Archive for March, 2015

No Sense


Sometimes people do the oddest things. It makes no sense. All stupidity and lack of wisdom aside, studies are beginning to show that when under (enough) stress, decision making fundamentally changes. One problem with strategic, correlative based thinking is it’s rather predictable. Biologically this isn’t always good. When trying to elude a superior preditor the last thing you’d want to be is predictable. No, in a desperate enough situation you’d want actions to be random, as it may well be your only real chance to survive. The same could arguably be said of outwitting a superior foe competing for resources. Or for navigating yourself out of a hopeless situation. In short, when things get perceptually bad enough actions can show dramatically poor judgement or remarkable insight, though current research shows it possibly isn’t either. Hopefully someone will come to your rescue before you’re left to your own devices. Otherwise…good luck.

Foxhole Friends


In a military context foxholes are known as a defensive fighting position. When resorting to foxholes the implication is that things are (about to get) tough. You need to be with people you can count on to make it through. People who serve in the military together under these circumstances often stay connected and share a special bond afterwords.

Lots of friends walk through most of our lives. They come and go, but a few special ones last. They may last in our hearts more than they actually do in terms of interactions, but given the perspective that time provides we can tell when they hold a special place. As I look back on my friendships it’s clear to me that the best ones were galvanized by enduring a struggle together. It wasn’t just some special compatibility (though that’s definitely a required ingredient) that caused the lasting bond to form. It was driven by a process that manufactured a need to look deeply within another person, and myself. Intimately. The deep stuff that you can’t get to easily by just hanging around together for a while. Conflict, drama, sadness, fun and joy slowly reveal parts that enable us to make those deep connections.

It’s a rare thing, because it takes more than just some similar tastes and doing a few things together to make it all really click. The best ones happen in spite of seeming incompatibilities on the surface. The stark relief of the differences we share fade into the background as the compelling synergies take over. The fabric of each life is enriched not by the similarities to the other, but by the differences.

The struggle is the catalyst providing the opportunity for that extra, hard to define dimension. This puts a little different spin on the saying, “That which doesn’t kill us makes us stronger.” It may be as much because of the teammates we earn as it is from any changes in our own fortitude.

Dedicated to Greg x 2, Marty, Doty, Kyle, John x 2, Steve, Chris x 2, Mike, Jim, Becky, Todd, Michele, Joanna, Danny, Daniel, Karen, Scott x 2, Theresa, Brian, Dana, Georgeann, Mitch, Adam, Rob, Liane, Max, Jon, Blake, and…Sonja. Good friends all (*). But there are a few on this list I shared a proverbial foxhole with, and those experiences along with their character made the depth of the relationship whole.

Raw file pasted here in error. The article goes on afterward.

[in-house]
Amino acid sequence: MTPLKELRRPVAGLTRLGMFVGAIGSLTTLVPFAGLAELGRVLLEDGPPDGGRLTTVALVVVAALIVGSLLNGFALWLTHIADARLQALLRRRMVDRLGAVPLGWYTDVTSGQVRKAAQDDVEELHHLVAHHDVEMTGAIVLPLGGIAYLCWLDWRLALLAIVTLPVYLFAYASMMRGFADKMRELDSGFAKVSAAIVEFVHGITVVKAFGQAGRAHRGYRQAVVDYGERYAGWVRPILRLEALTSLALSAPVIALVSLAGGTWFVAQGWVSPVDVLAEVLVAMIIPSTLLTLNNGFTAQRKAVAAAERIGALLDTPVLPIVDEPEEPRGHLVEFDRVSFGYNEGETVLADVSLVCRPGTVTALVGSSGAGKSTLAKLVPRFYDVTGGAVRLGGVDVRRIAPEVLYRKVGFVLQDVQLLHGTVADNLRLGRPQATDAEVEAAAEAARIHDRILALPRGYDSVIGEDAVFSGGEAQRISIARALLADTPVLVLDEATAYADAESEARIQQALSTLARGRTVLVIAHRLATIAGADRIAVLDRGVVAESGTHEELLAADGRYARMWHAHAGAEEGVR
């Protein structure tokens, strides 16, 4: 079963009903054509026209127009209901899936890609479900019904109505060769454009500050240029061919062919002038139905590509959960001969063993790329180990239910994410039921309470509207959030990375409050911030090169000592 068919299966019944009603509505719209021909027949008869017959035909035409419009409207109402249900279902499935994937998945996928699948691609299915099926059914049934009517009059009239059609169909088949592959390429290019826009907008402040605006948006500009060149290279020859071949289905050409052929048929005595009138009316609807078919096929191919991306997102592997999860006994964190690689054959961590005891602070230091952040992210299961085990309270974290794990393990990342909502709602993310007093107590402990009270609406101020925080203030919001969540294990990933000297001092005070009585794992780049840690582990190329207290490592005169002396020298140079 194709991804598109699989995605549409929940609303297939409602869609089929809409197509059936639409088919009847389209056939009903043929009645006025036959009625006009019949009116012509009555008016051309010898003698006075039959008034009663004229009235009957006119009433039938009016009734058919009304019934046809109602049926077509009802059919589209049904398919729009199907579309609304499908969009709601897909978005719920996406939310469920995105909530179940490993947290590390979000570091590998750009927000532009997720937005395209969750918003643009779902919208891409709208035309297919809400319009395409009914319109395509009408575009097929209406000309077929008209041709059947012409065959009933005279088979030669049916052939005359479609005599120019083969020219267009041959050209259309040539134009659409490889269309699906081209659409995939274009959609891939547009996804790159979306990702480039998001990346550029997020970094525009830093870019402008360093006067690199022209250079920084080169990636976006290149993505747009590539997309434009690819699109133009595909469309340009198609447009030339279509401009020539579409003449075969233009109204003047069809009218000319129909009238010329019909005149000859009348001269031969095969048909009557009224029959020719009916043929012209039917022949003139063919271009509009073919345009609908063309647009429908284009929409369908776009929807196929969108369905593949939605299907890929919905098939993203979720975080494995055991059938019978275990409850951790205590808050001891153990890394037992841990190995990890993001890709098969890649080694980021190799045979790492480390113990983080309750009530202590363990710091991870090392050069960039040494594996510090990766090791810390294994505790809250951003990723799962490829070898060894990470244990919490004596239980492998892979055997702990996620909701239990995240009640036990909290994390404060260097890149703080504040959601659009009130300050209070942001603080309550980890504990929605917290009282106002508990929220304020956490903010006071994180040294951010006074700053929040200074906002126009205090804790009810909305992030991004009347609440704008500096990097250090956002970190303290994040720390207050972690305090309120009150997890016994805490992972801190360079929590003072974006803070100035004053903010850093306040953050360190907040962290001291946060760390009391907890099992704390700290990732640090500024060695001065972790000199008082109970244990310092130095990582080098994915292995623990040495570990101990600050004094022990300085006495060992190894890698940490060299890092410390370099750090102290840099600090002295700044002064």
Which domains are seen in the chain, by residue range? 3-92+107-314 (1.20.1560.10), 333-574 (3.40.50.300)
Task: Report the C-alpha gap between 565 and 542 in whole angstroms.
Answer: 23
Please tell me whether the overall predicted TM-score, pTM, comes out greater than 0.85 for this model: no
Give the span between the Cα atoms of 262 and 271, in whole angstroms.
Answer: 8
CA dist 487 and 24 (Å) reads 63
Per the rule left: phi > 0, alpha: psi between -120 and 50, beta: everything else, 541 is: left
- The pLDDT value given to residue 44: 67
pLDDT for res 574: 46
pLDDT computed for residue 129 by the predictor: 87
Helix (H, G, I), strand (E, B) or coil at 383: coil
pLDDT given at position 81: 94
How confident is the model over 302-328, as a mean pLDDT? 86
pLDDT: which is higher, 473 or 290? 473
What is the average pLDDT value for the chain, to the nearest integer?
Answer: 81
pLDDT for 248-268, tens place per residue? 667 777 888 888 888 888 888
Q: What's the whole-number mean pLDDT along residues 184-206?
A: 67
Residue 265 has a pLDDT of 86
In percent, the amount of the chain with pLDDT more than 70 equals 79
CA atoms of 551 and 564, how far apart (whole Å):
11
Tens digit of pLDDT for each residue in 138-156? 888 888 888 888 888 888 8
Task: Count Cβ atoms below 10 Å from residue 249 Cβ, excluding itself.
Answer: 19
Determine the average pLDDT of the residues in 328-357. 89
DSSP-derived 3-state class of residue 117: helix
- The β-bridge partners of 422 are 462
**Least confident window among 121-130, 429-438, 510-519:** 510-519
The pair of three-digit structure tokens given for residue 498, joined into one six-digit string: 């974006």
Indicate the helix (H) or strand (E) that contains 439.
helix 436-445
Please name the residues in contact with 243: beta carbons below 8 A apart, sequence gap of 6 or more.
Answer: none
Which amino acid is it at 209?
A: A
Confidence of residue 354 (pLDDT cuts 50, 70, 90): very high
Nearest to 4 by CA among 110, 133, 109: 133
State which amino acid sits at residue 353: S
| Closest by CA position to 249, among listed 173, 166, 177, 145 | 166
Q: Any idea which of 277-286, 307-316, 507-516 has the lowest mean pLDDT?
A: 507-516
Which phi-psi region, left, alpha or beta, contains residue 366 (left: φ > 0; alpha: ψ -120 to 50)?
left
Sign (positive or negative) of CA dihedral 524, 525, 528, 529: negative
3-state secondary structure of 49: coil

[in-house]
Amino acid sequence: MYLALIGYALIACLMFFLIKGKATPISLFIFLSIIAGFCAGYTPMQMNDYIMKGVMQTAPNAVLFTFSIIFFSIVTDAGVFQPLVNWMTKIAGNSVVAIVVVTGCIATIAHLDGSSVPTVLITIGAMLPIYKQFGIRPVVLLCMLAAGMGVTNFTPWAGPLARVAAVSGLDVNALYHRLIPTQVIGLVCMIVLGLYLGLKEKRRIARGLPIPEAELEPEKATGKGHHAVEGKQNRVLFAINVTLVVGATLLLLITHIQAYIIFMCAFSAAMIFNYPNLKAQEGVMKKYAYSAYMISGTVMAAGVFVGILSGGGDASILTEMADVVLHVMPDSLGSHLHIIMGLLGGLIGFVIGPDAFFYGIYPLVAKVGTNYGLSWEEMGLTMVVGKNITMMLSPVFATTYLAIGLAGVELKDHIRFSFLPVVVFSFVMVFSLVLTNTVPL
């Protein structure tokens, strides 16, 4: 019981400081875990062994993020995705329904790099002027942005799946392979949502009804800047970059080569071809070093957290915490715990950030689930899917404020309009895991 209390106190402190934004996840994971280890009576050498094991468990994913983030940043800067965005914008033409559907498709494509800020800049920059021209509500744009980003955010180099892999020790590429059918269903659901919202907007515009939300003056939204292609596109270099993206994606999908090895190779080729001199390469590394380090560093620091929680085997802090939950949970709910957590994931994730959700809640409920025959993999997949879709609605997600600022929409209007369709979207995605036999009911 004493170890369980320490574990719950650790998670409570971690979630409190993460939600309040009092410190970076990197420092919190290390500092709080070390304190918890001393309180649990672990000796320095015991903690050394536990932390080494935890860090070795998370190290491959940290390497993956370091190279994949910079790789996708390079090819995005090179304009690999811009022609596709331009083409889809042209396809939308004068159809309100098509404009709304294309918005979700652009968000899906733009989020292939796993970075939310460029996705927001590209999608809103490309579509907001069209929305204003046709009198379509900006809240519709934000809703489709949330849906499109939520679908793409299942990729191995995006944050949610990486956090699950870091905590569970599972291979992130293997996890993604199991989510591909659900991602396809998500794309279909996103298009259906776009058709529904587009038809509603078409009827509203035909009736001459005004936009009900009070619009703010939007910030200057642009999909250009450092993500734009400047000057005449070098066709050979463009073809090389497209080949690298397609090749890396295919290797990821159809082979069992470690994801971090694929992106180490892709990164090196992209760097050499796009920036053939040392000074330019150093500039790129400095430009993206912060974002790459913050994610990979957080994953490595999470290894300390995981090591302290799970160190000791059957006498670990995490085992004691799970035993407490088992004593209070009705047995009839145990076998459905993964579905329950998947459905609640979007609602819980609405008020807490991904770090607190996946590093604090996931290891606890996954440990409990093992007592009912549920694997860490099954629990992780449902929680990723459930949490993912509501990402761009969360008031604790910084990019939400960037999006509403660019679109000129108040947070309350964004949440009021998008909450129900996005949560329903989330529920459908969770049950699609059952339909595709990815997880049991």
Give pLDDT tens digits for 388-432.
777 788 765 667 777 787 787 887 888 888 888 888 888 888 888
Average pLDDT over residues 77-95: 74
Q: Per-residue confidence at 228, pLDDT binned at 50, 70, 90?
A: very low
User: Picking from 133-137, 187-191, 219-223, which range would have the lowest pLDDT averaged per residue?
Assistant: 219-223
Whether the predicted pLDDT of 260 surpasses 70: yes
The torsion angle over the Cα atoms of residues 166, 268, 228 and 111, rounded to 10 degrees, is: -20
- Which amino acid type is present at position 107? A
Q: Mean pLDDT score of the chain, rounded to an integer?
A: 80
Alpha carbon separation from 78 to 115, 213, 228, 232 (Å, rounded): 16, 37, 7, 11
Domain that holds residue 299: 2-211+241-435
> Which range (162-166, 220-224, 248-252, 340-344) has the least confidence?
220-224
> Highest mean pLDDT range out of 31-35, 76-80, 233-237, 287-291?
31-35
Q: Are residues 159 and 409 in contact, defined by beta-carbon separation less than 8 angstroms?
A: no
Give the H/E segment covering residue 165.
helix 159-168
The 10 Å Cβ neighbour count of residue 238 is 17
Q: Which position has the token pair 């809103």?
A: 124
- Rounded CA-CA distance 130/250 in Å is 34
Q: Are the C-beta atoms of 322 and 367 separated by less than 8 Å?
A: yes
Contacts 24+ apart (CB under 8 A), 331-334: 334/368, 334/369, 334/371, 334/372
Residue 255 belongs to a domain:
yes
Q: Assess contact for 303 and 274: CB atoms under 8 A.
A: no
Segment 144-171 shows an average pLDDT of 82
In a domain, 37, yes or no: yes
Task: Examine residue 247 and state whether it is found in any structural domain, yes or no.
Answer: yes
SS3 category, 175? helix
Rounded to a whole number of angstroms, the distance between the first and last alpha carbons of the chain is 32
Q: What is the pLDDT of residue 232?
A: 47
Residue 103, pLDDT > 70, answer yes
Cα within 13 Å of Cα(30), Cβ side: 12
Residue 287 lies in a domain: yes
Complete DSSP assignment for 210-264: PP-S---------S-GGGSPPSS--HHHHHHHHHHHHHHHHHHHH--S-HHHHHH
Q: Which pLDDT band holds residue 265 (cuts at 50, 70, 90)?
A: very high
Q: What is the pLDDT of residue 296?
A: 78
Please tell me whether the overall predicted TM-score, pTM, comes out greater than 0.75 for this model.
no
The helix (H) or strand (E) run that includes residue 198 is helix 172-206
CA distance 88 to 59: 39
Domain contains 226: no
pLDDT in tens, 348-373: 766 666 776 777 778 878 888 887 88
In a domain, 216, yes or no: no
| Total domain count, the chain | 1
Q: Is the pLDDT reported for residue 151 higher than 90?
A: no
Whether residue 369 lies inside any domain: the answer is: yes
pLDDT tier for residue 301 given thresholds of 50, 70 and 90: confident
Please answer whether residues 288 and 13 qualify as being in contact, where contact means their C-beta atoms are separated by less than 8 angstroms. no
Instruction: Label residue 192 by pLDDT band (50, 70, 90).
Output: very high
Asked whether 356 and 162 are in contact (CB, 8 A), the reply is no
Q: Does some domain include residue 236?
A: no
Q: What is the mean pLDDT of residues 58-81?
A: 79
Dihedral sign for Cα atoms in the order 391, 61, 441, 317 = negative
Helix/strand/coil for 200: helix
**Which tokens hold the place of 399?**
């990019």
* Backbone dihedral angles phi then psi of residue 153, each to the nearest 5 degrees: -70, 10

* Leaving numerous relatives out, as those involuntary relationships inherently had plenty of every imaginable ingredient upon which to form.

Displaced in Time



I often look at the world around me and seriously wonder if I am in the wrong time. On the one hand I see the hope of a society that’s maturing and making room for the diversity of our humanity. While it’s often one step back to take two forward, electronics are becoming better integrated into and more effective in our lives. I just really wish I could be here to see what the world is like in a 100 years or so.

On the other hand I often find myself longing for the simplicity of life as it was a 50+ years ago. How cool would it be not to feel tethered to a mobile device? How cool would it be to slow down and read, or to sit in a room with someone and just talk? Or just sit there, without having to be fed a constant stream of mostly trivial information?

More compelling than even that is the idea of being shifted by just a few years. To know many of the same people, but have a perspective of a 10 year older or younger person would be something to behold. Perhaps this is something people who are getting older think of a lot. I may seem nearly irrelevant to you, but at one time I was a vibrant person your age that you would have cared about and wanted to spend time with. Or maybe I’d just like to be around to see how things turn out for you. Maybe I could even nudge it a bit.

Since none of that is going to happen the easy choice is to learn how to be happy with what is. Whether or not this is an actual issue for you, you can add this to the list of things that probably aren’t going to change, that you have to accept and be content with. It sounds so desperate and dramatic, but it’s just a fact of life we need not dwell on.


Asking the Wrong Questions


The danger of asking questions is you’ll often get answers. Answers, or at least things that appear to be answers, are plentiful, and often very seductive, even though they sometimes answer questions that weren’t asked.

Consider this marketing e-mail:

Hi David,

Only 2% of cold calls result in a lead. And it takes about 8 calls to reach a prospect. Seems like a lot of work with no solid return. It may be time to start using another lead generation channel that has been proven time and time again to be successful in driving leads into sales.What’s the software? It’s Email Lead Generation. A solution that will help maximize your time by turning your cold contacts into warm B2B leads.